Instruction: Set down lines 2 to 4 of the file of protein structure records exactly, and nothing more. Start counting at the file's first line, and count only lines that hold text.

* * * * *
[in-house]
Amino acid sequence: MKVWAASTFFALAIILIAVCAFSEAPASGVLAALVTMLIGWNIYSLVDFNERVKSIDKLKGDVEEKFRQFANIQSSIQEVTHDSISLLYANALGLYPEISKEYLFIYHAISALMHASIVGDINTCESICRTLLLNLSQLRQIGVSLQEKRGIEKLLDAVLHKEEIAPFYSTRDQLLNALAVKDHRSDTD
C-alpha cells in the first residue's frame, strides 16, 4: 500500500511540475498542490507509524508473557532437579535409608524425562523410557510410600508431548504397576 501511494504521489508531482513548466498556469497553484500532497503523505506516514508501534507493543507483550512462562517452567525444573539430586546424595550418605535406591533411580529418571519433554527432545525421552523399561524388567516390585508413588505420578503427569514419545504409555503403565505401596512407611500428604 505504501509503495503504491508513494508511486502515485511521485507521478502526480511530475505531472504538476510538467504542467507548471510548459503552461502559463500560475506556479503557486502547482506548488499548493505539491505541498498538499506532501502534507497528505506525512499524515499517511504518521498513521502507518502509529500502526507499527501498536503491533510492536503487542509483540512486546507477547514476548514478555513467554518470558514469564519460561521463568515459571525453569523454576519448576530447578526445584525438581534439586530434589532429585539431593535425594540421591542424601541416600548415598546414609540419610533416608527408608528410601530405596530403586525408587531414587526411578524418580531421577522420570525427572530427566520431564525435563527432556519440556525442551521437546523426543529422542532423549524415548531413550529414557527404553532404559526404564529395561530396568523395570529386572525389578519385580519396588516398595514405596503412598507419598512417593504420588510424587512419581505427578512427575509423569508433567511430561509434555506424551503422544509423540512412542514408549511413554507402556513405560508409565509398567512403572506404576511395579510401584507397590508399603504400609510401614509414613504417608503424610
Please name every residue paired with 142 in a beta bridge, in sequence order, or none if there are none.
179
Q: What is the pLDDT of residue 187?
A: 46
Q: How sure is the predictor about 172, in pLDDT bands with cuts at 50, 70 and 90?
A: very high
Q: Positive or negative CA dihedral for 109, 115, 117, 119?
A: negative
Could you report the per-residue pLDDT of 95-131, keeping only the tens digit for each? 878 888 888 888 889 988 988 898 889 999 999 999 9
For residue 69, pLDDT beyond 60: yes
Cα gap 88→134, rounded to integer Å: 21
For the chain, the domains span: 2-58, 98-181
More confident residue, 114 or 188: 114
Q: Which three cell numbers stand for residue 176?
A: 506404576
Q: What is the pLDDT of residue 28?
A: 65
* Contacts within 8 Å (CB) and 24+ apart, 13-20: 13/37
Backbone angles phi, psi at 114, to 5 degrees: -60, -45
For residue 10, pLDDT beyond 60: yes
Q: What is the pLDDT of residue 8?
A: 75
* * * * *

Amino acid sequence: MKVWAASTFFALAIILIAVCAFSEAPASGVLAALVTMLIGWNIYSLVDFNERVKSIDKLKGDVEEKFRQFANIQSSIQEVTHDSISLLYANALGLYPEISKEYLFIYHAISALMHASIVGDINTCESICRTLLLNLSQLRQIGVSLQEKRGIEKLLDAVLHKEEIAPFYSTRDQLLNALAVKDHRSDTD
C-alpha cells in the first residue's frame, strides 16, 4: 500500500511540475498542490507509524508473557532437579535409608524425562523410557510410600508431548504397576 501511494504521489508531482513548466498556469497553484500532497503523505506516514508501534507493543507483550512462562517452567525444573539430586546424595550418605535406591533411580529418571519433554527432545525421552523399561524388567516390585508413588505420578503427569514419545504409555503403565505401596512407611500428604 505504501509503495503504491508513494508511486502515485511521485507521478502526480511530475505531472504538476510538467504542467507548471510548459503552461502559463500560475506556479503557486502547482506548488499548493505539491505541498498538499506532501502534507497528505506525512499524515499517511504518521498513521502507518502509529500502526507499527501498536503491533510492536503487542509483540512486546507477547514476548514478555513467554518470558514469564519460561521463568515459571525453569523454576519448576530447578526445584525438581534439586530434589532429585539431593535425594540421591542424601541416600548415598546414609540419610533416608527408608528410601530405596530403586525408587531414587526411578524418580531421577522420570525427572530427566520431564525435563527432556519440556525442551521437546523426543529422542532423549524415548531413550529414557527404553532404559526404564529395561530396568523395570529386572525389578519385580519396588516398595514405596503412598507419598512417593504420588510424587512419581505427578512427575509423569508433567511430561509434555506424551503422544509423540512412542514408549511413554507402556513405560508409565509398567512403572506404576511395579510401584507397590508399603504400609510401614509414613504417608503424610
Please name every residue paired with 142 in a beta bridge, in sequence order, or none if there are none.